When people think of growing plants, they think of growing them in soil, not water.
There are several plants that you can grow this way. It does not matter if you have a green thumb or not. Read on to learn how to grow houseplants in water.
Growing Houseplants in Water
This method of growing plants is known as hydroponic harvesting. It is a way of growing your plants organically. When growing houseplants in the water they use a mixture of water and nutrients.
What do you Need to Grow Houseplants in Water
The first thing you will need is a plant that does not need to be fed. It also needs to be almost impossible to kill. You will need to make sure that your plant is getting the nutrients it needs from the water. The container that you will need to use has to be able to keep the plant from tipping over. You can check online or at your local nursery for specific root vases made for herbs and waterborne plant life. Most plants use the soil to keep them from tipping over and for nutrients. Some houseplants and small herbs can get sufficient nutrients from the water. Water does contain some trace amounts of nutrients and minerals that help plants develop.
How to Grow Plants in Water
1. Pick your plant
The first step is to pick your plant. The ones that are best for this are the ones that grow fast. Some of the herbs that can be grown this way include mint, oregano, basil, sage, rosemary, and lavender. You can also raise the Wandering Jew or Ivy plants. One flowering plant that will survive being grown in water is the Begonia.
2. Root it
Clip a segment of the plant you are going to grow in water and put it in a glass jar or container you are using. When cutting the plant, make sure that you do it below the leaf so you leave the stem in place. The stem is considered the leaf node. This is where most of the rooting hormone inside the plant has already been active. This will ensure a sprout. You can get cuttings from friends and families if you do not have any plants to get cutting from.
3. Water it
The water that you use to grow your plant is important. It is advised not to use city water. The reason is that it is filtered to make it drinkable and it could also have chemicals in the water that are harmful to the plant. Most of this water is also chlorinated. It will usually have no nutrients either. You should buy spring water from the store to use. You can use any glass jar you have as long as you are able to see through it. Red glass, according to research done, will help the plants to grow quicker. All that matters that whatever container you choose, the roots have to obtain light.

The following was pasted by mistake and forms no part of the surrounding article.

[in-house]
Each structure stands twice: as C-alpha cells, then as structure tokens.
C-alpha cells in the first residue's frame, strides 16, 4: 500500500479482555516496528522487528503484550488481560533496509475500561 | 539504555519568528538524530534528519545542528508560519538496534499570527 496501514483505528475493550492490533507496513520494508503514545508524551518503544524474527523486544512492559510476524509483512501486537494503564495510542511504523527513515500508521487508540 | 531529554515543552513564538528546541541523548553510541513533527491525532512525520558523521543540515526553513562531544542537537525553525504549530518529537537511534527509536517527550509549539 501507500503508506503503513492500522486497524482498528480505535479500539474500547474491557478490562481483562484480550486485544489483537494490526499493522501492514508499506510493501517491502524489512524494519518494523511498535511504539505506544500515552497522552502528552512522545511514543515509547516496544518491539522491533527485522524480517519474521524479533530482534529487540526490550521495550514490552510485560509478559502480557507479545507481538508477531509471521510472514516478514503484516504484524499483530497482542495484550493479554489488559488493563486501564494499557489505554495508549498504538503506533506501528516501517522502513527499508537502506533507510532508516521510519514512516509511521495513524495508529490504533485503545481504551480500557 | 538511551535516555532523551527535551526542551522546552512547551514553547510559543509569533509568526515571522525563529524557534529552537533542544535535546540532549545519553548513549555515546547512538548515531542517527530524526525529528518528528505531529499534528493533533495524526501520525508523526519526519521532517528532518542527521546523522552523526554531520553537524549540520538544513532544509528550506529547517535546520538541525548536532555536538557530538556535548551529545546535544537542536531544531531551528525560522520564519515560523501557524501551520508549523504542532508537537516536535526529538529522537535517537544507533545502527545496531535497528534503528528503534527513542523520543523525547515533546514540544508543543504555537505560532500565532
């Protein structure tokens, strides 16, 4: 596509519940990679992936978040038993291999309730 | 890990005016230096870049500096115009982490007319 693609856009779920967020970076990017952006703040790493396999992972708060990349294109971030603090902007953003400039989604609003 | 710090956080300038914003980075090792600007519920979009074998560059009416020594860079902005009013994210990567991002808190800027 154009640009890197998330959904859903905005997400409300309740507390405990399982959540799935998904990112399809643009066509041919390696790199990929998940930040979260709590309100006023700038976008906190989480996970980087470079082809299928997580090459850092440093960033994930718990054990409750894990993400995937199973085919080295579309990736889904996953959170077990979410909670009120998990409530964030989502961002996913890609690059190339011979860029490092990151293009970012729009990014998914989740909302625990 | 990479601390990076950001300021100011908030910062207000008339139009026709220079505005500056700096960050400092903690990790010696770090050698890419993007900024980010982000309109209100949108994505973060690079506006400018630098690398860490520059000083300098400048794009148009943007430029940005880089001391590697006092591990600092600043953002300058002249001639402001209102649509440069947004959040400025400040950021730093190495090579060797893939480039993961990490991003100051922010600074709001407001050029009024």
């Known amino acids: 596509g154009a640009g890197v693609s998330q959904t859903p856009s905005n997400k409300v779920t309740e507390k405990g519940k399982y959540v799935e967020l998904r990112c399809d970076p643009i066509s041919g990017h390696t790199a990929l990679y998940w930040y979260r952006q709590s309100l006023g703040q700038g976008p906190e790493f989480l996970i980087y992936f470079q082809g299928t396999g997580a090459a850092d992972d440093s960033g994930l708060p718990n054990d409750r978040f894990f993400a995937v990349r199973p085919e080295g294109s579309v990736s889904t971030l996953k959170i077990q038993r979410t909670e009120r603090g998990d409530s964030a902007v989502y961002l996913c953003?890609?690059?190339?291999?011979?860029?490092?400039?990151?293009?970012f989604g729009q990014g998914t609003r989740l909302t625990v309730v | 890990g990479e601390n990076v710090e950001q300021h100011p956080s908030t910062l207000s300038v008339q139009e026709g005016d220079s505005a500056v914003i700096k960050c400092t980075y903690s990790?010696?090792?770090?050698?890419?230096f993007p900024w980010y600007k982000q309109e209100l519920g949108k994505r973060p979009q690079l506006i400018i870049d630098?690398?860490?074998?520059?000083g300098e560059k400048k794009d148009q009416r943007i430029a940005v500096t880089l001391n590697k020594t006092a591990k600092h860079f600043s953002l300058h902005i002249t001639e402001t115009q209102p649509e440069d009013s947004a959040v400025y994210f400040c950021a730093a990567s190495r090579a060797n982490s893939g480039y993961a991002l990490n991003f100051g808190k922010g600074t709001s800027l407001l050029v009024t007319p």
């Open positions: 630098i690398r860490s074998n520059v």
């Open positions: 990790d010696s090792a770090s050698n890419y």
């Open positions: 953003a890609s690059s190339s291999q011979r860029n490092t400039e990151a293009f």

You will need to refill the water when about 50% of the water evaporates. There is no concern about stagnant water. When you grow plants in the water, the plants are alive so the water will remain clear.
4. Check every 12 months
Yes, this sounds like a long time but about this time the roots will have grown a lot. The water will usually start to look murky so it will need to be changed. The roots will also probably need to be trimmed so the roots do not choke the plant.
Plants you can Grow in Water
Growing this plant in water is a good way to get a clone of the parent plant. One thing to note is that when some multicolor violets are grown in the water they will give you plants with solid colors instead. To start a new plant, you need young healthy leaves. Cut your leaf about two inches from the stem. Put the leaf in a bottle with a narrow neck that will keep the leaf dry and suspended. It will take about a month for you to see roots forming. Over time a tiny plant will form with its own crown.
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When you harvest the stems to grow in water, the succulent thick stems are very forgiving. You should use hardy wax begonias that have very knobby leaf nodes. These will easily form roots. You can even grow the tuberous and fancy rex begonias in water. All you need to start a new plant is a whole leaf. It can take a couple of months before you see the roots form. To prevent bacteria from forming you should do weekly water changes. If not, the bacteria can lead to rot.
This plant produces a myriad of tiny leaves on a creeping plant. This plant will form a dense but a delicate trailing mat. All you have to do is pinch off a cluster of stems that do or do not have roots and put them in water. This plant really adapts growing in water. Because the plant grows so many leaves along the stems, the leaves that are continually submerged may start to rot. To remove any leaves that are floating in the water you should change it once a week. Let the water level drop once the roots are delivering moisture to the plant and the roots are well-formed.
Growing plants in water have never been easier. Many people are trying to grow plants in water because it is simple and not that expensive. There are many other plants you can grow in water like the Philodendron, Lucky Bamboo, and so many more. Many houseplants have been genetically programmed to form roots from pieces of the plants when they are exposed to moisture. One advantage of growing plants in the water you can multiply or start your houseplant collection at little to no expense. It is a thrill to watch a piece of a plant slowly grow roots and become another plant.
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Victoria is the owner and main author of hobby plants. She loves spending her free time in her garden planting and taking care of her plants. Victoria hopes you enjoy the content here!